Deja Vuis always mispronounced as DEEEJA VOOSbut isnt it
When did language start to implicate people in their own mishap? Now we talk about So-And-So going missing as if So-And-So was the doer of his or her own demise.
Miss O'Connor should not say "both are correct". Every word has a "preferred" pronounication, which means the second choice should be avoided by educated people.
In recent years, it seems that people are using the word 'well' in strange new ways, rather than using the ol' stand-by 'good'. Is Patricia aware of this. Maybe she can clear this up. Thanks.
First of all, I refuse to give up on the word "fewer," even though it seems to be dying out in favor of "less." Yes, I'm a dinosaur...
But two more pet peeves:
1) Americans who pronounce "vase" as "vahze", as if this were Britain, and
2) "Harassment" pronounced with the accent on the first syllable. Again, it just seems affected. Can you enlighten us on the correct usage?
Ask Axe Ask Axe Ask Axe Ask Axe Ask Axe Ask Axe. When in blazes will people start to be told Axe is not acceptable !!!!!!! Here in New york the two are interchanged all the time, it makes me nutty !! Or it could be a few other things that contribute to that problem
What about Italian foods:
I've heard it pronounced by native Italians with the final vowel pronounced but Italian-Americans seem to leave it off.
Is always pronounced as DESJA VOOS by americans.
but isnt it vu?
It drives me nuts.
Muenchen = Myewn-chhen. Not that hard, Leonard.
How do you pronounce the word "length"?
Is it correct to pronounce mischievous as Mis -chee -vee -ous? I don't think so but I hear many do so and to me it sounds terrible. Shouldn't it be mis-chi-vous?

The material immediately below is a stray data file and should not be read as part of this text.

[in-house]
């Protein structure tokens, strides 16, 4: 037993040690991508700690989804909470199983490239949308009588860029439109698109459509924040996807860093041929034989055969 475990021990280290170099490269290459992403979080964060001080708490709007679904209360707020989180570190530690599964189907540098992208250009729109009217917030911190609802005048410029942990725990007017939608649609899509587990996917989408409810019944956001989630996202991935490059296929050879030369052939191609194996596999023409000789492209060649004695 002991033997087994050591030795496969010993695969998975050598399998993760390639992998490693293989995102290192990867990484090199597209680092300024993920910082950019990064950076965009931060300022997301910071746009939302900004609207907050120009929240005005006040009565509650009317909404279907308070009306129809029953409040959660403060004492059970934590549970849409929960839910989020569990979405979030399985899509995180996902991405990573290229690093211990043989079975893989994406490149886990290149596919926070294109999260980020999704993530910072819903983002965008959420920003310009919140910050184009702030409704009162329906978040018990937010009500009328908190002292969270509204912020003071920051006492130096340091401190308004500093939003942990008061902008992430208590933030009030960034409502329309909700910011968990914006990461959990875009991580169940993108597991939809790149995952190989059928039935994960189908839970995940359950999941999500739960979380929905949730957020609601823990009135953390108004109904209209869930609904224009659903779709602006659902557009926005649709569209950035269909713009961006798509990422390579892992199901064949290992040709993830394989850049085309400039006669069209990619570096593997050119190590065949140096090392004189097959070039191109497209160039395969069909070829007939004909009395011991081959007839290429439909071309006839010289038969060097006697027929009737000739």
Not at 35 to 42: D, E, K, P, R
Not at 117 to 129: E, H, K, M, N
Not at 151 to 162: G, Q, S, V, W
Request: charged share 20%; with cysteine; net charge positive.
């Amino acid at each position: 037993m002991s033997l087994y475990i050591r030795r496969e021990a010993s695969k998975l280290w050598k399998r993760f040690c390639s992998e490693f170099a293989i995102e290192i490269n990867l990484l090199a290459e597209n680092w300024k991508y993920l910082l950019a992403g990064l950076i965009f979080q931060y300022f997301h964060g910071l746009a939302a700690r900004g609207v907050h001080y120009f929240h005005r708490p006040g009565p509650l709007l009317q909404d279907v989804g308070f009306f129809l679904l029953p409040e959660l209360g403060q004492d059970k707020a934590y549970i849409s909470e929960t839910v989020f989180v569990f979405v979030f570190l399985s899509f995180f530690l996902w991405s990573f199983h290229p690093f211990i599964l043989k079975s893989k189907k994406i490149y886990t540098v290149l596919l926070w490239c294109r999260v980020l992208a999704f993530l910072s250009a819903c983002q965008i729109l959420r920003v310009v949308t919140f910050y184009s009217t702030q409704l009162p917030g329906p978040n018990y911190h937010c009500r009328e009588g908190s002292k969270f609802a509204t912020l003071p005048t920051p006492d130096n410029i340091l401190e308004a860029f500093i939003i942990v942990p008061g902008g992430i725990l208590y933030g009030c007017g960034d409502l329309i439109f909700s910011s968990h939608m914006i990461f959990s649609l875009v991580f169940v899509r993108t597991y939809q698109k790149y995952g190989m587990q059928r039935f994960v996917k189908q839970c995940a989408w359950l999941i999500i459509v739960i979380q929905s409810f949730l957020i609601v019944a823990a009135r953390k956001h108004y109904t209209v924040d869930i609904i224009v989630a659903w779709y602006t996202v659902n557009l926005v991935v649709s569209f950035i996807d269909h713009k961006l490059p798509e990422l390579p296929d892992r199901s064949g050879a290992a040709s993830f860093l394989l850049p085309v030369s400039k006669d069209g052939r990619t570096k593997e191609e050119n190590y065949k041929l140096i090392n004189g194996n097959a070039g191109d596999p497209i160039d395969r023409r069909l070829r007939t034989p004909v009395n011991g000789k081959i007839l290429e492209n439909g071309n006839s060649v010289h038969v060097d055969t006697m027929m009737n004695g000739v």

"TOWN HALL MEETING" drives me crazy.A group of citizens gathered to discuss important community affairs is a TOWN MEETING.
If it is held in a local town hall, then it is indeed a town hall meeting. But is it held in a school auditorium, for example, it is simply a town meeting. The host on Channel 13's News Hour is the only publicly speaking person that uses the expression correctly.
I hear 'normality' so often these days I'm wondering if it has become or is on its way to becoming correct. Whatever happened to 'normalcy'?
you hear it used (mostly on the lopate show) and outside of an art & music reference, it just comes across like "yada, yada, yada"
O.T. Shouldn't podium usually be pronounced lectern?
(couldn't help it!
i'm a little dismayed at the tween-speak these days. i was at a party recent where everyone was younger in their early 20s. one of the girls kept saying "omg", "totes" (which stands for totally), and "def."
are we really becoming this lazy and dizzy?
Question: Is the h pronounced in vehicle?I hear people say vee-hickle with increasing popularity. I was taught this was incorrect and provincial.
The worst one is applicable.
is it a-PLICK-able or APP-lick-able?